Automatic and experimental methods to studying forwarding work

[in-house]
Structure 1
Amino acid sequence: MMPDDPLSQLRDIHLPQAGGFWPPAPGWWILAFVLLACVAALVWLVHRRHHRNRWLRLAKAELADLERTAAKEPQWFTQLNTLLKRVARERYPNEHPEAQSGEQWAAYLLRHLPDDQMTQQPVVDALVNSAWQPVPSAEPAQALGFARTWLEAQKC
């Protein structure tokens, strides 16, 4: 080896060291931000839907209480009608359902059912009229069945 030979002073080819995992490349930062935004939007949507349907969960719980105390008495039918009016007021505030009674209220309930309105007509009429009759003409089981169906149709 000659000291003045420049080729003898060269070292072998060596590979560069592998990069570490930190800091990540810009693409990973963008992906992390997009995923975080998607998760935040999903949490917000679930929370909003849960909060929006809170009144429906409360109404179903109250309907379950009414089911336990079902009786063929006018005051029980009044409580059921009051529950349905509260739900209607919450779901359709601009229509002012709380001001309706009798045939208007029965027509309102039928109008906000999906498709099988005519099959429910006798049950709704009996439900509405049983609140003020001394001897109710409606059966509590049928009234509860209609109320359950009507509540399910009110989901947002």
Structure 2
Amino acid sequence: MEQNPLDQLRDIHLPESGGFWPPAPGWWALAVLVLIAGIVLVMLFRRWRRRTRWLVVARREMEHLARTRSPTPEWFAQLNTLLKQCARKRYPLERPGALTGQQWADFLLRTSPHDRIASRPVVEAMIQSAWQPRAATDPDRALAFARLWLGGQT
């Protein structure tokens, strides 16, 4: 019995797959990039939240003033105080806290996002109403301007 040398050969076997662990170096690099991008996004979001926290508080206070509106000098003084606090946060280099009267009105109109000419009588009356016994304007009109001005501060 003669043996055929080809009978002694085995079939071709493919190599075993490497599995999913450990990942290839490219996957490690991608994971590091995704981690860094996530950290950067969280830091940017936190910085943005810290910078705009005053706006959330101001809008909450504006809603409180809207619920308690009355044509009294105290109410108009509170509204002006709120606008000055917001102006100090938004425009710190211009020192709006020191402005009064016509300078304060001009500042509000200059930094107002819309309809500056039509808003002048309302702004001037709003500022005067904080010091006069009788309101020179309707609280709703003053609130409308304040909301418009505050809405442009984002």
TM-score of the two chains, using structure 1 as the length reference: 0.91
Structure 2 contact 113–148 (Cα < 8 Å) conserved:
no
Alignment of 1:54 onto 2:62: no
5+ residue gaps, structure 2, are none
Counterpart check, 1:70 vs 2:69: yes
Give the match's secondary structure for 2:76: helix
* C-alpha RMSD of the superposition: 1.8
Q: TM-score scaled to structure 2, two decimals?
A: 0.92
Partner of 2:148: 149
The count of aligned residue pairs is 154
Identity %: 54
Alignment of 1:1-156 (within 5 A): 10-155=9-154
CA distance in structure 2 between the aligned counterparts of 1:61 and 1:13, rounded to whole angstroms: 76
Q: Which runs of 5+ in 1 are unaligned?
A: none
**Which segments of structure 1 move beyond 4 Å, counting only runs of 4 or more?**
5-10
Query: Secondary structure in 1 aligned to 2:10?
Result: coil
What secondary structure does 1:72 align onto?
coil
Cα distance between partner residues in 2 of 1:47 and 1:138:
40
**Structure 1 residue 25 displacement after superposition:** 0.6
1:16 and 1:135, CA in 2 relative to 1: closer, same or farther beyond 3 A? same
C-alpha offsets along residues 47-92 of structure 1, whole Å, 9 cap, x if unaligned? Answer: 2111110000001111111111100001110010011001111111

Abstract: Although forwarding has been carried out for 50 years, much is still unknown about this work. This is partly because there are numerous influential factors, and relevant data are often difficult to gather. In current forwarding productivity literature, there is generally a trade-off between representativeness and work element-specificity. Follow-up studies and standardized experiments represent the two extremes, while work observation studies are compromises. A further complication is the lack of consistent nomenclature to facilitate comparisons of findings from different studies. These issues were explored in four studies reported in this thesis. Study I assessed the utility of standardized test paths for enhancing our understanding of the main factors influencing forwarding work, causal relationships among them, and trade-offs. Such knowledge is essential for refining future research. In Studies II and III, the utility of a forest machine manufacturer’s built-in automatic follow-up datalogger was assessed. Study II focused mainly on the suitability of a standard commercial monitoring system for comparative operator-level studies. In Study III, forwarder work element-specific follow-up data were gathered in as detailedly as currently possible using an automatic system. In Study IV, the utility of sensors and dataloggers for gathering technical information on forwarder crane work was assessed. The main conclusions are summarized below. Automated data collection has well known advantages, but such automation for forwarding work is still ongoing. Data from the forwarder’s own monitoring system alone are not, currently, sufficient for unbiased work performance analysis. In addition, access to spatial data on the harvester’s production is needed. Use of untapped technological potential would enable, in many cases, replacement of manual data gathering with automatic methods. However, automatic gathering of data with some important features, e.g. assortment-specificity (load-specific assortment proportions), is currently impossible. Automation enables large datasets to be gathered, but increasing the sample size beyond a certain saturation point provides no further benefits. Instead, including more factors is preferable, even at the cost of slightly smaller datasets. Finally, various innovations and modifications to work practices could substantially improve forwarding efficiency; however, they should be evaluated cautiously, initially by theoretical analysis, to ensure resources are efficiently channelled.

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